Working on arm balances? Strengthening your forearms and fingers is crucial to help you build and maintain good form.
People often concentrate on shoulder and bicep strength when they want to do more arm balances. But your forearms and fingers play a big part in stabilising yourself, especially because they’re the foundation of inversions. Try adding these exercises to your training.
High plank with elbow rotation
A standard high plank already works the whole body. For more activation, press your fingers and palms onto the floor and start turning your elbows. This will increase mobility, awareness, and stability.
Start in high plank pose. Ensure your wrists and shoulders are in one line and your body is straight. Round your shoulders and engage your abs as you concentrate on using your arms to turn your elbows. Make the inner part of your elbows face each other, then forwards. Repeat 10 times.
High plank on your fingertips
As mentioned, the plank is already a popular full body move. You can increase forearm engagement by gripping the ground firmly. To really get them burning, create space between your palms and the floor so most of your weight is supported by your fingertips. This will maximise your forearm strength. Be sure to warm up your hands and wrists beforehand.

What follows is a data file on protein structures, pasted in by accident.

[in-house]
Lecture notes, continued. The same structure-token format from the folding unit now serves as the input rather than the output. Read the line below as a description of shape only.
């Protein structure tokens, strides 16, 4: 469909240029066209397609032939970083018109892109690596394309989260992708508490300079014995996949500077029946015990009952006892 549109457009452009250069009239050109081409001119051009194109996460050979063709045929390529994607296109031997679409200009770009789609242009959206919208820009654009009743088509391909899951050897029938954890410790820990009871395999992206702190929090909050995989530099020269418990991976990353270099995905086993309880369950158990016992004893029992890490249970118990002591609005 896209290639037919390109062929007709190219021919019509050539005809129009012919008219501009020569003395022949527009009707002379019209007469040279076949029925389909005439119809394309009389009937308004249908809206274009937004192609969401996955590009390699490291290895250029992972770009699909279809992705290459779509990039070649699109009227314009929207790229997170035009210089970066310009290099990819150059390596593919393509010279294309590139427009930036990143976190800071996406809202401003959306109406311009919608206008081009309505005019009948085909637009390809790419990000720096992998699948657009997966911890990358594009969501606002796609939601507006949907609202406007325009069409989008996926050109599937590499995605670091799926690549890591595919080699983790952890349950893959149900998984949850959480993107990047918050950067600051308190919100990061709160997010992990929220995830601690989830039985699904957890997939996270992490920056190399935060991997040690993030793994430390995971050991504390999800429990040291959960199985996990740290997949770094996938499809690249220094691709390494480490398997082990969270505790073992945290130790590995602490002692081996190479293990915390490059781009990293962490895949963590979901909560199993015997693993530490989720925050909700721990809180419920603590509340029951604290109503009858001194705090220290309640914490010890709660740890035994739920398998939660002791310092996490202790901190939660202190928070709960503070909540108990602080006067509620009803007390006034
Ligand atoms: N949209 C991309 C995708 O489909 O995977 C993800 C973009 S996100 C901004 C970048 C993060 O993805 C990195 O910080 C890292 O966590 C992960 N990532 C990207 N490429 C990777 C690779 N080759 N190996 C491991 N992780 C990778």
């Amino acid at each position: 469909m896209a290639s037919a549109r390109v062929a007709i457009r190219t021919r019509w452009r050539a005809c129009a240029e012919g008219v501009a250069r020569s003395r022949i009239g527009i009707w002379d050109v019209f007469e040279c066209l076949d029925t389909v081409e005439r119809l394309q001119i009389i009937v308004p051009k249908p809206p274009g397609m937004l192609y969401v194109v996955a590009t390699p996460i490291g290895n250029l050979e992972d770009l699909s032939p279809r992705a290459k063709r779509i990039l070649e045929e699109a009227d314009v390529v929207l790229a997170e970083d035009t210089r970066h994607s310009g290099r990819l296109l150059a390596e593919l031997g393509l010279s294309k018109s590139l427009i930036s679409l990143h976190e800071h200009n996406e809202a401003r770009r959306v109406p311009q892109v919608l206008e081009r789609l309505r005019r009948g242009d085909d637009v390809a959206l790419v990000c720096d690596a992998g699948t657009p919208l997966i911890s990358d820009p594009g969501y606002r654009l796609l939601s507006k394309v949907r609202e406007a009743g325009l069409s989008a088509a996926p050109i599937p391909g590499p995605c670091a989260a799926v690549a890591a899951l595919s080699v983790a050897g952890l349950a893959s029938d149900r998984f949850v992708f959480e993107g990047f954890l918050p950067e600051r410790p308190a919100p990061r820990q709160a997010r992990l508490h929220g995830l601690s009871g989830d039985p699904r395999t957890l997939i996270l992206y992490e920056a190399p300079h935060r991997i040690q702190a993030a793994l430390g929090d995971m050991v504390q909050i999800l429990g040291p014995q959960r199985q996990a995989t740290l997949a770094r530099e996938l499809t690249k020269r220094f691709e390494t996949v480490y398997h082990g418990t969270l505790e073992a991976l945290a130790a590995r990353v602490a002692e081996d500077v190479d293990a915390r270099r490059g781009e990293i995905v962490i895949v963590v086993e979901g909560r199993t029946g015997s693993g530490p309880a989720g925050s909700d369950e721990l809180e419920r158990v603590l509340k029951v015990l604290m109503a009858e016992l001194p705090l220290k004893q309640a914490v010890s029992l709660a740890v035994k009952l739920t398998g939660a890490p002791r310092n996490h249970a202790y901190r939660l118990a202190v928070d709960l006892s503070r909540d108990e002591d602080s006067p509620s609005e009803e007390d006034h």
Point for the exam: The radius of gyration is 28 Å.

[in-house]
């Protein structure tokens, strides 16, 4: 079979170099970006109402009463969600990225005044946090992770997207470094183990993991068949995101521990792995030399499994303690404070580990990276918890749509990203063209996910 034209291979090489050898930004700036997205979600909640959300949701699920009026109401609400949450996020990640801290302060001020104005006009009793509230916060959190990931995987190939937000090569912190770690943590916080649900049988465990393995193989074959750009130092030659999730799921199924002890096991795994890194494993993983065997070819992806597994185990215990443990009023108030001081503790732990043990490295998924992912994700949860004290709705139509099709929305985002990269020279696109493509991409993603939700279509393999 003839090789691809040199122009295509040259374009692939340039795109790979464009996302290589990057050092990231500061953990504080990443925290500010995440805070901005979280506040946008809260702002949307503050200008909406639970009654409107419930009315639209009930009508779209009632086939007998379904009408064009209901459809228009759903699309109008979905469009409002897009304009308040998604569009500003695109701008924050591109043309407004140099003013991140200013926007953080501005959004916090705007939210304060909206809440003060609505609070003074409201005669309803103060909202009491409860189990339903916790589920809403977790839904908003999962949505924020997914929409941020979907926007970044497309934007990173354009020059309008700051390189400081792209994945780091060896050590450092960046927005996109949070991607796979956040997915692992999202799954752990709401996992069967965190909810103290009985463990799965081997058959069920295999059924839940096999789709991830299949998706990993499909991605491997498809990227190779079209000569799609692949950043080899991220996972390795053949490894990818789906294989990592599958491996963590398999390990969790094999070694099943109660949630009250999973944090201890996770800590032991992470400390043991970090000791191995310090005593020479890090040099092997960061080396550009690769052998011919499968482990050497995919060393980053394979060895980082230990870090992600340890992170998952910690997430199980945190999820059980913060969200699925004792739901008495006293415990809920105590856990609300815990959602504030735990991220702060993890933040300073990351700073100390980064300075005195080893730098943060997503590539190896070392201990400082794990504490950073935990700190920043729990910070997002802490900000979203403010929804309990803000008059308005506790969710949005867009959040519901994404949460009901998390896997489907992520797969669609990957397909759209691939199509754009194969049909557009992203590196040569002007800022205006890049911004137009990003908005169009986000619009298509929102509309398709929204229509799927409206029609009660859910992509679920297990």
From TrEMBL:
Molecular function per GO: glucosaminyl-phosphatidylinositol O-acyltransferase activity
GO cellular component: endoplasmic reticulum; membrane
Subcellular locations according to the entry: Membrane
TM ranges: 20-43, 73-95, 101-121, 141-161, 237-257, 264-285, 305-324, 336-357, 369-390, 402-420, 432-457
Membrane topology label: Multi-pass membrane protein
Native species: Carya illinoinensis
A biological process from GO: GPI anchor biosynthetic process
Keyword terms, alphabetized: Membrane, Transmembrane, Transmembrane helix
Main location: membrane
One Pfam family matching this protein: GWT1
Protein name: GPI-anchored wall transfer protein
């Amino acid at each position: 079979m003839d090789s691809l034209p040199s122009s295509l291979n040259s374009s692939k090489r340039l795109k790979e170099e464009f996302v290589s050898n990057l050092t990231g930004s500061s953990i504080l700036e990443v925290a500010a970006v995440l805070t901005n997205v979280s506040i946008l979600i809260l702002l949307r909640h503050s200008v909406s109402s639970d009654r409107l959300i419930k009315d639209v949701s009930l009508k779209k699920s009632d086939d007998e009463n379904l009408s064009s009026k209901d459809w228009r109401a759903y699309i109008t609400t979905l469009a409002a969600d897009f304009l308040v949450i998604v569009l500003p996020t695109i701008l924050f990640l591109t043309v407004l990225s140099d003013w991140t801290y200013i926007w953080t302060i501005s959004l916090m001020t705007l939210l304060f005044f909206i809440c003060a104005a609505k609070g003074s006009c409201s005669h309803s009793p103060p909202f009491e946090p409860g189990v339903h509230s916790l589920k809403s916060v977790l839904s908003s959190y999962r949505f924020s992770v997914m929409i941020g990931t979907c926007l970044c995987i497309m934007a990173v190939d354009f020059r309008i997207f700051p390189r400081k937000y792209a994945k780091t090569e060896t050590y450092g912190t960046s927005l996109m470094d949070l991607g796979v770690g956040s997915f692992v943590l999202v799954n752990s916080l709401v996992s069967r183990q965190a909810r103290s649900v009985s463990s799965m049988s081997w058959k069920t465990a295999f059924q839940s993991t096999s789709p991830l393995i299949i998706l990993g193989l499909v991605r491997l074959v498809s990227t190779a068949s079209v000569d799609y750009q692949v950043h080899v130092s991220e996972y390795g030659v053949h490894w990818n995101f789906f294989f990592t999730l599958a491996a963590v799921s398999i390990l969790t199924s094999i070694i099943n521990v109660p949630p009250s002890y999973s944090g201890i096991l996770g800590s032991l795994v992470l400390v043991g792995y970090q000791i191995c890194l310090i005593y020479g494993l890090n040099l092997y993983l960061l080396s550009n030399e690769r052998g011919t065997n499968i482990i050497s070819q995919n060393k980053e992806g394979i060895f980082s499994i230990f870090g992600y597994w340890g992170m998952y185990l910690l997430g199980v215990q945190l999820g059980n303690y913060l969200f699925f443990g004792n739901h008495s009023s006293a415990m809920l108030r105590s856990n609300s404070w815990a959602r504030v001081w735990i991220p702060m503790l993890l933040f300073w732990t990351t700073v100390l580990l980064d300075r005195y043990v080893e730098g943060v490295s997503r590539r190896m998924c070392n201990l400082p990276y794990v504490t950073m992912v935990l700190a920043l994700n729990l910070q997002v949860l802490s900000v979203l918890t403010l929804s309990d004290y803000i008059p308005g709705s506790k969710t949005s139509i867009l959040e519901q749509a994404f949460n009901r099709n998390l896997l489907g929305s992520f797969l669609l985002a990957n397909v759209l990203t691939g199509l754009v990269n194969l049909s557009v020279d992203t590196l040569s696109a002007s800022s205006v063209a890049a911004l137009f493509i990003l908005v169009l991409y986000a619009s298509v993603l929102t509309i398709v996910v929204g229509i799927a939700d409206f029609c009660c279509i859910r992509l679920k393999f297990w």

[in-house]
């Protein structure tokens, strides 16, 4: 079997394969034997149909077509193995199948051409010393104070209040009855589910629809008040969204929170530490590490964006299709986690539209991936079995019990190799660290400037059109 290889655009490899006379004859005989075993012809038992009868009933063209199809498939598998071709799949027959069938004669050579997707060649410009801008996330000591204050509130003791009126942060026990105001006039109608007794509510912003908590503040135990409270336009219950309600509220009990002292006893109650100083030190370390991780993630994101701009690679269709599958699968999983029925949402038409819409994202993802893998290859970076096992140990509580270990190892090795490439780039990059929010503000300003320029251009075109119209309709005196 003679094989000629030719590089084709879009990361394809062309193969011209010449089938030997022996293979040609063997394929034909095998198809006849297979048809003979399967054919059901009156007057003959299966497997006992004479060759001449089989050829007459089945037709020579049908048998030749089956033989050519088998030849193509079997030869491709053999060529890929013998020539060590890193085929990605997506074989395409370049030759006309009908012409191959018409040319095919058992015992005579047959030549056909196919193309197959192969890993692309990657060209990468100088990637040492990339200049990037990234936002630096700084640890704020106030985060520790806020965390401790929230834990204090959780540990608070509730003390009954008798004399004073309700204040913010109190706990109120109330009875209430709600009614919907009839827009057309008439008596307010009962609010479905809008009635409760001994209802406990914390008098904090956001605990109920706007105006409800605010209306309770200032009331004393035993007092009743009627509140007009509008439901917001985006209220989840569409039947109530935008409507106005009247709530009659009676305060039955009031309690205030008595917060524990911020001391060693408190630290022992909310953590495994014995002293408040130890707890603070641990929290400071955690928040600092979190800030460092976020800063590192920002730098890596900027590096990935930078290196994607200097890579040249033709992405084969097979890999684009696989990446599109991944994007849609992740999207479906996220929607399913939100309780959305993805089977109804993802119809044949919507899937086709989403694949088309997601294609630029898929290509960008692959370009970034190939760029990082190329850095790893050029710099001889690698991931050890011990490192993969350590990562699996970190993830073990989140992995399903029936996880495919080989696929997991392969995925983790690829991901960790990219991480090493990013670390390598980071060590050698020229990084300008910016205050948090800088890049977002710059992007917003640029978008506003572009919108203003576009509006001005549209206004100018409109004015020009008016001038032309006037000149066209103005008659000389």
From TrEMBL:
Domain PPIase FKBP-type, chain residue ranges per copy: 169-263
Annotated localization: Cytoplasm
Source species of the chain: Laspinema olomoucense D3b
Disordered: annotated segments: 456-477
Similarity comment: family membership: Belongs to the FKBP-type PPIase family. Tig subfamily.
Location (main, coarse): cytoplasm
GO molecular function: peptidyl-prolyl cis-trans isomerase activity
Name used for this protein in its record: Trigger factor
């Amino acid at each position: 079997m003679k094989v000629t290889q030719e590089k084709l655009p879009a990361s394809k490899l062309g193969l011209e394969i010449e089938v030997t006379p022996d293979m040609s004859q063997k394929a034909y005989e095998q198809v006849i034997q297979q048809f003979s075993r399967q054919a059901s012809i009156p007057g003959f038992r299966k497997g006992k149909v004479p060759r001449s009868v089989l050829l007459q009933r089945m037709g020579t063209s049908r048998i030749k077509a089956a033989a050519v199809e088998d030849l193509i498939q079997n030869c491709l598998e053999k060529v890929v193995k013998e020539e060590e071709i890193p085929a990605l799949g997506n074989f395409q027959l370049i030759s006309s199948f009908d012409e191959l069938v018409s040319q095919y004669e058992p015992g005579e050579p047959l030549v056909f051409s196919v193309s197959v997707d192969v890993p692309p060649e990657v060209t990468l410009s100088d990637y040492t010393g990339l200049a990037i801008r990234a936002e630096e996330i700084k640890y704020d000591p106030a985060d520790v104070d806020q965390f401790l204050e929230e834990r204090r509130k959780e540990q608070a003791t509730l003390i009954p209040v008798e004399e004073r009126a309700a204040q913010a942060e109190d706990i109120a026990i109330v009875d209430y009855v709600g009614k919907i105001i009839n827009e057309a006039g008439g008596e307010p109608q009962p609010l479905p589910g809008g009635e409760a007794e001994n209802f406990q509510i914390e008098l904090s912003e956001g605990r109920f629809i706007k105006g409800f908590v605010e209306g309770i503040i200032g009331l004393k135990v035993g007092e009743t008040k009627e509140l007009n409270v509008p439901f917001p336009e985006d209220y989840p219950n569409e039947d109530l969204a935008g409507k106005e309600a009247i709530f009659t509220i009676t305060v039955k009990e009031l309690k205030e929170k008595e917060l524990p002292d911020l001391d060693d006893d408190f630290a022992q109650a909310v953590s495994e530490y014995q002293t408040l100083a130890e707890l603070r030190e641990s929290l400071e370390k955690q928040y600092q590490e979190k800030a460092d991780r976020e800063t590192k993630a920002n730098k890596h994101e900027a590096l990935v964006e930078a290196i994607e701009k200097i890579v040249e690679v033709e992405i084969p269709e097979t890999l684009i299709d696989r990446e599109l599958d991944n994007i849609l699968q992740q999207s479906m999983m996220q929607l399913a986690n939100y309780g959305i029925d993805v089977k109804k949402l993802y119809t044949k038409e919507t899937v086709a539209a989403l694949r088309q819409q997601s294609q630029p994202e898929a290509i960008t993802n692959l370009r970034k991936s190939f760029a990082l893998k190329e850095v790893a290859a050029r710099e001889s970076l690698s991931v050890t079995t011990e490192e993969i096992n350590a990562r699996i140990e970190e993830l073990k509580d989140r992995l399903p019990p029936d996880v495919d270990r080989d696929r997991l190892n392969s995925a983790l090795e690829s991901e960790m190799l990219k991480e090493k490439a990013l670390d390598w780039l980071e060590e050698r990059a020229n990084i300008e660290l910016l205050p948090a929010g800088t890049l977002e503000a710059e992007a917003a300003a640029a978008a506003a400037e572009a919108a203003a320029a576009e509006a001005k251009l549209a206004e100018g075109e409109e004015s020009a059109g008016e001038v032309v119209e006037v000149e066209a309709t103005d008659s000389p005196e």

Find your high plank pose. Lower your knees and lift your palms slightly off the ground while shifting weight to your fingertips. Return to plank pose. Keep your body straight and hold for 30 seconds to a minute.
Push-ups with your palms facing up
Basic push-ups target the upper body, focusing on the biceps and shoulders. You do still use lots of forearm, back, core, and lower body strength to hold the pose. By flipping your hands over, you will be using more of your forearm muscles. [Note: Do not try this if you have wrist issues.]
Start on all fours. Turn your hands over so the back of your hands are on the floor with your fingers facing each other. Shift your knees back slightly. Bend your elbows to 90 degrees as you lower your upper body. Push back up. Repeat 12 times. If you have enough wrist flexibility and upper body strength, you can try it with your legs straightened.
This looks like child’s play, but it’s really harder than it seems. While it doesn’t work on explosiveness, it trains your endurance and your arms will start feeling sore after a few reps.
Hold a tennis ball or any equivalent. Straighten your arms in front of you and squeeze the ball hard. Hold for one second and loosen. Be sure to put in energy and contract your finger and forearm muscles for the best results. Repeat 50 times.
(Also read: Easy Home Exercises to Build Muscle)